Abstract: The goal of this study is to assess the potential of game-based experiential learning in raising awareness and stimulating discussions about groundwater resource systems, the social dilemma in groundwater management, and the need for institutional arrangements (rules) governing this shared resource, as well as whether such awareness and community discussions lead to actual change in groundwater governance in Ethiopia. Groundwater management is highly complex, with many users sharing the same resource often without realizing their interconnectedness. Behavioral experiments (games) that simulate real-life common-pool resource use have shown promise as an experiential learning tool for improving resource governance. This study pilots an experiential learning intervention in Ethiopia using a groundwater gameto help raise awareness of groundwater over-extraction and improve understanding of the importance of collective action in governance. The Meki River catchment in rural Ethiopia is a unique context where small-scale irrigation is expanding, but overextraction and competition over groundwater have not yet reached alarming levels. The groundwater game, adapted from Meinzen-Dick et al. (2016 and 2018), was played in 15 villages, accompanied by community-wide debriefing discussions in each village after the game to reflect on the process and lessons learned, and to stimulate discussions around groundwater governance. We carried out participant surveys to capture individual mental models regarding groundwater use and management, as well as any immediate learning effects. Focus group discussions were held in each village prior to the intervention to establish a baseline and again six months after the intervention to assess possible lasting effects. The findings indicate cognitive, normative and relational learning, including increased understanding of groundwater dynamics (such as the joint effect of diverse water uses and users), the importance of collective action in resource management, and the benefits of communication. We find gendered differences in decision-making about resource extraction in the game and evolvement of group-level resource management across no-communication, communication, and rule-making rounds of the game. We discuss community-wide learning and institutions-building, and considerations for future intervention designs. We recommend embedding experiential learning, facilitated by local extension officers or other community engagement practitioners, in intervention packages that include both technical assistance on water-conserving technologies and management approaches and support in building communities’ institutional capacity.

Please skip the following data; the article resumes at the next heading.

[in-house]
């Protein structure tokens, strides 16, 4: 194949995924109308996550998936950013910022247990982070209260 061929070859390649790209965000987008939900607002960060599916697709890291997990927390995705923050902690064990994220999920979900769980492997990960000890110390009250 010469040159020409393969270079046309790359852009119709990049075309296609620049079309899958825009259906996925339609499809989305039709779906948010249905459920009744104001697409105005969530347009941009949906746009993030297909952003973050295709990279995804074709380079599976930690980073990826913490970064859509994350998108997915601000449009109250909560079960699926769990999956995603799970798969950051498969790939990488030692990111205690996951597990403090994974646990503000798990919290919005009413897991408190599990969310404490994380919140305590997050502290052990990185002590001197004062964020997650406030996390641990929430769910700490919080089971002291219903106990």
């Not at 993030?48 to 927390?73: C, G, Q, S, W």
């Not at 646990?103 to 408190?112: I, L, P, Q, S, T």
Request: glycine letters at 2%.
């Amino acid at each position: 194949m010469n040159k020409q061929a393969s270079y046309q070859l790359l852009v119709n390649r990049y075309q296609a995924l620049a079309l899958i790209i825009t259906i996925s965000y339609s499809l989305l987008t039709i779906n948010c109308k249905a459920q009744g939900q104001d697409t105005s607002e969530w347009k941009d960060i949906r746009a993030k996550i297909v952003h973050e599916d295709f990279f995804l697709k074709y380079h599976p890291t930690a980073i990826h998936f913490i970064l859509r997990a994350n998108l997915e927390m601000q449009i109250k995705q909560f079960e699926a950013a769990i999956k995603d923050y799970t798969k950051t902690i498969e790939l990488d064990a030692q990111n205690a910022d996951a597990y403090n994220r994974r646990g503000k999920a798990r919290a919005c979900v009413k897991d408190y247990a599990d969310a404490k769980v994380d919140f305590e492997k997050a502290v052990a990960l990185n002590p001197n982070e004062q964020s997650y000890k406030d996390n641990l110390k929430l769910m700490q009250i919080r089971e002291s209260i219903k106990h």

Keywords: ETHIOPIA; EAST AFRICA; AFRICA SOUTH OF SAHARA; AFRICA; governance; groundwater; irrigation; resources; experiential learning; resource management; collective action; decision making; gender; communication; extension; games; common-pool resource; Meki River
    Date: 2023
  7. By: Jeremias Nieminen (Department of Economics, Turku School of Economics, University of Turku.); Salla Simola (Storytel); Janne Tukiainen (Department of Economics, Turku School of Economics, University of Turku.)
    Abstract: We study the long-term evolution of party demographics and the associated changes in parliamentary speech patterns of various within-party groups in Finland during 1907-2018. We find significant speech differences by gender and university education status, while other MP characteristics - age, white-collar job, first-term MP status, or urbanicity - do not predict speech patterns. We find that when female seat share began to rise in the late 1950s, there is a concurrent increase in speech differences by gender. As the representation of women increased, there was also a shift in speech topics female MPs specialized in. Additionally, we observe a sharp increase in speech differences by education when the seat share of university-educated increased in the 1960s. These results suggest that descriptive representation of these groups may play a role in changing speech patterns, and thus, in their substantive representation.
    Keywords: intra-party politics, parliamentary speech, descriptive representation, substantive representation
    JEL: D72 N44 J16 P00
    Date: 2023–06
  8. By: Shuyang Sheng; Xiaoting Sun
    Abstract: This paper explores the identification and estimation of social interaction models with endogenous group formation. We characterize group formation using a two-sided many-to-one matching model, where individuals select groups based on their preferences, while groups rank individuals according to their qualifications, accepting the most qualified until reaching capacities. The selection into groups leads to a bias in standard estimates of peer effects, which is difficult to correct for due to equilibrium effects. We employ the limiting approximation of a market as the market size grows large to simplify the selection bias. Assuming exchangeable unobservables, we can express the selection bias of an individual as a group-invariant nonparametric function of her preference and qualification indices. In addition to the selection correction, we show that the excluded variables in group formation can serve as instruments to tackle the reflection problem. We propose semiparametric distribution-free estimators that are root-n consistent and asymptotically normal.
    Date: 2023–06